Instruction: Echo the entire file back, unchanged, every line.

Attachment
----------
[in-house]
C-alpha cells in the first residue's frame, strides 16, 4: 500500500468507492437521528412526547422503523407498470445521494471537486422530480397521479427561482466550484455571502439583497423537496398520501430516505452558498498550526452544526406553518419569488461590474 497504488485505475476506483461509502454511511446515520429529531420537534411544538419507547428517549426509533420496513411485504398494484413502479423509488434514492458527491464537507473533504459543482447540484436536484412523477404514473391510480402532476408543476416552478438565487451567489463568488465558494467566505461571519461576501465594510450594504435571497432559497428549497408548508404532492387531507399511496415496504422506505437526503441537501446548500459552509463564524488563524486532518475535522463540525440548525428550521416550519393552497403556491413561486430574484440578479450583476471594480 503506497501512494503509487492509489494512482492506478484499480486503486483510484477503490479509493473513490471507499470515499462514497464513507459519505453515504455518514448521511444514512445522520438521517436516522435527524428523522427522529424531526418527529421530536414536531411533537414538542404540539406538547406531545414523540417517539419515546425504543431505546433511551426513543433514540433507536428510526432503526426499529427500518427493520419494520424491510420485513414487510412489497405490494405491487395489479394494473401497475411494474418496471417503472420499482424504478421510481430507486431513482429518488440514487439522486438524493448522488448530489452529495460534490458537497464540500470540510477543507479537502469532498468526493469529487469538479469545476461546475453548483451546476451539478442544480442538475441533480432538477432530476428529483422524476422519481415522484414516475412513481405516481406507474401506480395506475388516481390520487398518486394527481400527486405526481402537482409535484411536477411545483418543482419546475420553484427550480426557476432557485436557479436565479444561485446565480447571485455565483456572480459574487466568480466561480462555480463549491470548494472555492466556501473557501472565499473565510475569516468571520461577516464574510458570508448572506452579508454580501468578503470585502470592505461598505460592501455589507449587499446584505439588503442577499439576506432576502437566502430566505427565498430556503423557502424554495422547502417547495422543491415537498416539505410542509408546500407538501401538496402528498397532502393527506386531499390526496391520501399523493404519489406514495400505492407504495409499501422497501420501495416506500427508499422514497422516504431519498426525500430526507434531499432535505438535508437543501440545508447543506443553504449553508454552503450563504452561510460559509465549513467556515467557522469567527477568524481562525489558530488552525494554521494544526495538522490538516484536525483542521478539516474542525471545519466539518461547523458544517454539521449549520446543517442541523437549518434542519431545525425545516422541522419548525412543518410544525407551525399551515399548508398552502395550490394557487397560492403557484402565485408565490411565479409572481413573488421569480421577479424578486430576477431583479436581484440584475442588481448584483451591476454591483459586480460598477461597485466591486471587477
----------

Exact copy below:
[in-house]
C-alpha cells in the first residue's frame, strides 16, 4: 500500500468507492437521528412526547422503523407498470445521494471537486422530480397521479427561482466550484455571502439583497423537496398520501430516505452558498498550526452544526406553518419569488461590474 497504488485505475476506483461509502454511511446515520429529531420537534411544538419507547428517549426509533420496513411485504398494484413502479423509488434514492458527491464537507473533504459543482447540484436536484412523477404514473391510480402532476408543476416552478438565487451567489463568488465558494467566505461571519461576501465594510450594504435571497432559497428549497408548508404532492387531507399511496415496504422506505437526503441537501446548500459552509463564524488563524486532518475535522463540525440548525428550521416550519393552497403556491413561486430574484440578479450583476471594480 503506497501512494503509487492509489494512482492506478484499480486503486483510484477503490479509493473513490471507499470515499462514497464513507459519505453515504455518514448521511444514512445522520438521517436516522435527524428523522427522529424531526418527529421530536414536531411533537414538542404540539406538547406531545414523540417517539419515546425504543431505546433511551426513543433514540433507536428510526432503526426499529427500518427493520419494520424491510420485513414487510412489497405490494405491487395489479394494473401497475411494474418496471417503472420499482424504478421510481430507486431513482429518488440514487439522486438524493448522488448530489452529495460534490458537497464540500470540510477543507479537502469532498468526493469529487469538479469545476461546475453548483451546476451539478442544480442538475441533480432538477432530476428529483422524476422519481415522484414516475412513481405516481406507474401506480395506475388516481390520487398518486394527481400527486405526481402537482409535484411536477411545483418543482419546475420553484427550480426557476432557485436557479436565479444561485446565480447571485455565483456572480459574487466568480466561480462555480463549491470548494472555492466556501473557501472565499473565510475569516468571520461577516464574510458570508448572506452579508454580501468578503470585502470592505461598505460592501455589507449587499446584505439588503442577499439576506432576502437566502430566505427565498430556503423557502424554495422547502417547495422543491415537498416539505410542509408546500407538501401538496402528498397532502393527506386531499390526496391520501399523493404519489406514495400505492407504495409499501422497501420501495416506500427508499422514497422516504431519498426525500430526507434531499432535505438535508437543501440545508447543506443553504449553508454552503450563504452561510460559509465549513467556515467557522469567527477568524481562525489558530488552525494554521494544526495538522490538516484536525483542521478539516474542525471545519466539518461547523458544517454539521449549520446543517442541523437549518434542519431545525425545516422541522419548525412543518410544525407551525399551515399548508398552502395550490394557487397560492403557484402565485408565490411565479409572481413573488421569480421577479424578486430576477431583479436581484440584475442588481448584483451591476454591483459586480460598477461597485466591486471587477